If that sounds like a lot of work and it’s hard to get right, you’re absolutely correct.

It is a lot of work.

Stay after the break and we will tell you about some new APIs that let you take advantage of this without doing all the hard work yourself.

Now moving on to some guidance.

We have seen a common pattern that many developers use SCNetworkReachability as a preflight check.

They want to predict the future.

They want to know whether the next network operation they do will succeed or fail.

And, unfortunately, predicting the future is always a hard thing to do.

You may have connectivity now but two seconds from now the user has walked out of the building and you’ve lost the Wi-Fi signal.

So there is no way to guarantee whether a future operation will succeed.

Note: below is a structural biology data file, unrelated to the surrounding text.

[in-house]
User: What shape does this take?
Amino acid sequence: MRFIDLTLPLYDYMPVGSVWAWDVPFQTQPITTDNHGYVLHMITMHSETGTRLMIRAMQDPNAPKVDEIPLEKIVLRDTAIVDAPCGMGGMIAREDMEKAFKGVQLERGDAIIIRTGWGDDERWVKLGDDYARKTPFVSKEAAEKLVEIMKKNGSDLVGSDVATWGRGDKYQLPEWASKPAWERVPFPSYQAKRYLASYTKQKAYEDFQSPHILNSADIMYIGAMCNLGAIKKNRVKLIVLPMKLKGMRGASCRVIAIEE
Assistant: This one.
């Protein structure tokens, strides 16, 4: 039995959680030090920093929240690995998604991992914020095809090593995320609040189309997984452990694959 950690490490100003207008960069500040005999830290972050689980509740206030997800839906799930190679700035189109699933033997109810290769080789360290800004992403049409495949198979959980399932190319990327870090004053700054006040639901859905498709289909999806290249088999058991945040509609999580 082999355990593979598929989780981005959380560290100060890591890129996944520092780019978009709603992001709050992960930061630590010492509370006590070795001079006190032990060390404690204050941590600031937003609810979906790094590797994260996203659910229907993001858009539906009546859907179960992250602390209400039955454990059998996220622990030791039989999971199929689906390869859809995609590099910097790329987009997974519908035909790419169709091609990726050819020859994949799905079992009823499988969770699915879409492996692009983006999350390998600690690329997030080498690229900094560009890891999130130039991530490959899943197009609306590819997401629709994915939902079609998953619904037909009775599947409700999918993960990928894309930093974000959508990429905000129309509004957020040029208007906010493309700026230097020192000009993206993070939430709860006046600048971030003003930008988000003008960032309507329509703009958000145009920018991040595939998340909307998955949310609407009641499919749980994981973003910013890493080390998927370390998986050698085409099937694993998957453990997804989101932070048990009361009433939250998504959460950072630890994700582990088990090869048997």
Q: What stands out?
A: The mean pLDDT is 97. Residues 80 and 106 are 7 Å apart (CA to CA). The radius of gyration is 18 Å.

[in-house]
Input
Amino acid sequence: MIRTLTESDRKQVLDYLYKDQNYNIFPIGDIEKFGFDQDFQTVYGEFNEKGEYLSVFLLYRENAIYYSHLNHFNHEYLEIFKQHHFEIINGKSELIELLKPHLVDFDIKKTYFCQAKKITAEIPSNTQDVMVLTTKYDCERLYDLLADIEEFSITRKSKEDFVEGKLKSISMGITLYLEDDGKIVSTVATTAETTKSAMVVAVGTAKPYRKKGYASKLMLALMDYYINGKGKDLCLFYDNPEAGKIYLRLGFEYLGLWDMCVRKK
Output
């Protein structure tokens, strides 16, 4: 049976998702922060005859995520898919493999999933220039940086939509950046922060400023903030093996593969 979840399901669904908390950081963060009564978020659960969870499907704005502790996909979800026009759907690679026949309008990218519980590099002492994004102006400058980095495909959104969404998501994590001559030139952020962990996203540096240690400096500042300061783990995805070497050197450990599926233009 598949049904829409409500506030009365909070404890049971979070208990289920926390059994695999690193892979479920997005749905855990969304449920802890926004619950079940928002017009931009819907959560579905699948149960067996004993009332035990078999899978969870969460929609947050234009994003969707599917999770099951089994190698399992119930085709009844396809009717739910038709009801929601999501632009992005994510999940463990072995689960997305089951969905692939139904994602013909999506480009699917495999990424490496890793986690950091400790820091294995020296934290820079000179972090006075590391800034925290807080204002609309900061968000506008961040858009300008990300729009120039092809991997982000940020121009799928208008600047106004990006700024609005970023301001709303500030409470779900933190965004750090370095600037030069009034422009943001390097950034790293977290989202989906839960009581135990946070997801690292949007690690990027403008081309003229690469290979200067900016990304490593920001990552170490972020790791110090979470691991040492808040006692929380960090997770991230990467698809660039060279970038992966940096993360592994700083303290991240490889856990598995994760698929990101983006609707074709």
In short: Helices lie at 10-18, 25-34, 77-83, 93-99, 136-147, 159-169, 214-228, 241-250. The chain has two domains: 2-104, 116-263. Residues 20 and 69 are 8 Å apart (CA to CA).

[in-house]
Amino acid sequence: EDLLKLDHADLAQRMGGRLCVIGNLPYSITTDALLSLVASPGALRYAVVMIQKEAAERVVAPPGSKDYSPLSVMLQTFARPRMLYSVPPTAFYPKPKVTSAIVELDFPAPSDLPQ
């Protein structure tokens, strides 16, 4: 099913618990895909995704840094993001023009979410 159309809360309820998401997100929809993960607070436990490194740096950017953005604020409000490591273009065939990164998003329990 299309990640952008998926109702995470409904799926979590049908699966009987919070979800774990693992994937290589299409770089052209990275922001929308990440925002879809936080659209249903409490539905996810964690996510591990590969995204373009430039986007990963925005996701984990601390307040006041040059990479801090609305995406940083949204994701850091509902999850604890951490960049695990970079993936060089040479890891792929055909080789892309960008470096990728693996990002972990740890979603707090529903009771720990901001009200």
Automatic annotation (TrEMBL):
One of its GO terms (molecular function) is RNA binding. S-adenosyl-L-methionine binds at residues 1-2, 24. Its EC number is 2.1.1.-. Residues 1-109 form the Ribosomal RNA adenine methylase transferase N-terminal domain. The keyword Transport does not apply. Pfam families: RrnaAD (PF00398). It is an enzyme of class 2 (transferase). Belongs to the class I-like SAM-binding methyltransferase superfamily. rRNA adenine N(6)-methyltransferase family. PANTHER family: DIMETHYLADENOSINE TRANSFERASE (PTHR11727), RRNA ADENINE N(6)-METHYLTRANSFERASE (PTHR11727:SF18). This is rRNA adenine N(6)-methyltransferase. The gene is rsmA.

And we see this pattern where they check.

The preflight says yes.

They try it.

They fail.

They go back.

They check again.

This also is a lot of work, a lot of [inaudible], a lot of difficult things to get right including networks with proxies.

We can handle that for you.

The better way to do this is just make a connection using the waitsForConnectivity option.

You can learn more about that watching last year’s video.

What this means is if you want a connection, you tell the system I want a connection.

Now if you can, later if not.

If the device is in airplane mode, then when it’s out of airplane mode your connection will succeed.

That is much easier than building the retry loop yourself.

There is one case we’ve seen with developers which does make sense which is if you’re going to have the user answer a lot of information in a form, you may not want to waste the user’s time if you have good reason to believe that may later fail.

If that is the use case you care about, stay after the break because we have a new way to do that that’s much better.

Security remains important, as always.

After ten years of using TLS 1.2, the Internet is now ready to move to its successor, TLS 1.3.

It has a number of improved security features.

It has reduced connection setup time, similar to TCP Fast Open.